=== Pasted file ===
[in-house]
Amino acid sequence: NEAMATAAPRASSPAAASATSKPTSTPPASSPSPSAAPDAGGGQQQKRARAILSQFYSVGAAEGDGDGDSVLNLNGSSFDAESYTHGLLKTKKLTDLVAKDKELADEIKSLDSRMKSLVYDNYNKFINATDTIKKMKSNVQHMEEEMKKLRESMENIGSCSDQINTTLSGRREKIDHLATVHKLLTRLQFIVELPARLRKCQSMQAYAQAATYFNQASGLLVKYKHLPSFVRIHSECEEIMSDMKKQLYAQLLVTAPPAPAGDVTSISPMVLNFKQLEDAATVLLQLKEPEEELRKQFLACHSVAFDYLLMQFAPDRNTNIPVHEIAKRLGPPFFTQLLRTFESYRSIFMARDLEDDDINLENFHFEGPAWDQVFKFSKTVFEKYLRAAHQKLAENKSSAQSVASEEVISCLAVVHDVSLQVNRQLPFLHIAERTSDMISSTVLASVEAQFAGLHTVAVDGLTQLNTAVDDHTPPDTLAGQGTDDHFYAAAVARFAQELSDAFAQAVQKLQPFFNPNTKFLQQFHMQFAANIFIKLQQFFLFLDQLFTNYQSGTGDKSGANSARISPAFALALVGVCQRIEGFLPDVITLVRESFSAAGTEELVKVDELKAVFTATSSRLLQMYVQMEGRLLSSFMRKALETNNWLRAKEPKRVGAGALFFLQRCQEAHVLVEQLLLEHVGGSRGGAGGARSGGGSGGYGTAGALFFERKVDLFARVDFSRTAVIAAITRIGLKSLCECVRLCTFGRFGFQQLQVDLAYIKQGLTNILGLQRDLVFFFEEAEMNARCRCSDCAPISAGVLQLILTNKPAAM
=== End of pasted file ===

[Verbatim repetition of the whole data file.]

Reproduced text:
[in-house]
Amino acid sequence: NEAMATAAPRASSPAAASATSKPTSTPPASSPSPSAAPDAGGGQQQKRARAILSQFYSVGAAEGDGDGDSVLNLNGSSFDAESYTHGLLKTKKLTDLVAKDKELADEIKSLDSRMKSLVYDNYNKFINATDTIKKMKSNVQHMEEEMKKLRESMENIGSCSDQINTTLSGRREKIDHLATVHKLLTRLQFIVELPARLRKCQSMQAYAQAATYFNQASGLLVKYKHLPSFVRIHSECEEIMSDMKKQLYAQLLVTAPPAPAGDVTSISPMVLNFKQLEDAATVLLQLKEPEEELRKQFLACHSVAFDYLLMQFAPDRNTNIPVHEIAKRLGPPFFTQLLRTFESYRSIFMARDLEDDDINLENFHFEGPAWDQVFKFSKTVFEKYLRAAHQKLAENKSSAQSVASEEVISCLAVVHDVSLQVNRQLPFLHIAERTSDMISSTVLASVEAQFAGLHTVAVDGLTQLNTAVDDHTPPDTLAGQGTDDHFYAAAVARFAQELSDAFAQAVQKLQPFFNPNTKFLQQFHMQFAANIFIKLQQFFLFLDQLFTNYQSGTGDKSGANSARISPAFALALVGVCQRIEGFLPDVITLVRESFSAAGTEELVKVDELKAVFTATSSRLLQMYVQMEGRLLSSFMRKALETNNWLRAKEPKRVGAGALFFLQRCQEAHVLVEQLLLEHVGGSRGGAGGARSGGGSGGYGTAGALFFERKVDLFARVDFSRTAVIAAITRIGLKSLCECVRLCTFGRFGFQQLQVDLAYIKQGLTNILGLQRDLVFFFEEAEMNARCRCSDCAPISAGVLQLILTNKPAAM